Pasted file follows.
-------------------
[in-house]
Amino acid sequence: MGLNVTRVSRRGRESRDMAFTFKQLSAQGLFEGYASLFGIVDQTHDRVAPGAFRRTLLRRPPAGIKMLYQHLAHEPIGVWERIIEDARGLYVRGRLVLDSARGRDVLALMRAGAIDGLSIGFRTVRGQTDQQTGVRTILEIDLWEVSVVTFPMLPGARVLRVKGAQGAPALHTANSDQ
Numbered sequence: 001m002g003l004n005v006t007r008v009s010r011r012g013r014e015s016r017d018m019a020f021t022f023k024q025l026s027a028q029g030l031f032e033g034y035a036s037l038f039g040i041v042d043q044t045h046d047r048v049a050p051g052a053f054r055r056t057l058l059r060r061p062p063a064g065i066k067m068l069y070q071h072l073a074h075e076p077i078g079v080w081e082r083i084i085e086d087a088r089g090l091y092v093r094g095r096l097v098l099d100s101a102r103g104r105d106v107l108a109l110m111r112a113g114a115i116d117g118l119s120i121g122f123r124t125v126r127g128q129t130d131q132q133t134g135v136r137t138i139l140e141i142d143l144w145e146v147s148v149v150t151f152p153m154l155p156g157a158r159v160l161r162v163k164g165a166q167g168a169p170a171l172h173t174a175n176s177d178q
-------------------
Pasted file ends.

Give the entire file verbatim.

[in-house]
Amino acid sequence: MGLNVTRVSRRGRESRDMAFTFKQLSAQGLFEGYASLFGIVDQTHDRVAPGAFRRTLLRRPPAGIKMLYQHLAHEPIGVWERIIEDARGLYVRGRLVLDSARGRDVLALMRAGAIDGLSIGFRTVRGQTDQQTGVRTILEIDLWEVSVVTFPMLPGARVLRVKGAQGAPALHTANSDQ
Numbered sequence: 001m002g003l004n005v006t007r008v009s010r011r012g013r014e015s016r017d018m019a020f021t022f023k024q025l026s027a028q029g030l031f032e033g034y035a036s037l038f039g040i041v042d043q044t045h046d047r048v049a050p051g052a053f054r055r056t057l058l059r060r061p062p063a064g065i066k067m068l069y070q071h072l073a074h075e076p077i078g079v080w081e082r083i084i085e086d087a088r089g090l091y092v093r094g095r096l097v098l099d100s101a102r103g104r105d106v107l108a109l110m111r112a113g114a115i116d117g118l119s120i121g122f123r124t125v126r127g128q129t130d131q132q133t134g135v136r137t138i139l140e141i142d143l144w145e146v147s148v149v150t151f152p153m154l155p156g157a158r159v160l161r162v163k164g165a166q167g168a169p170a171l172h173t174a175n176s177d178q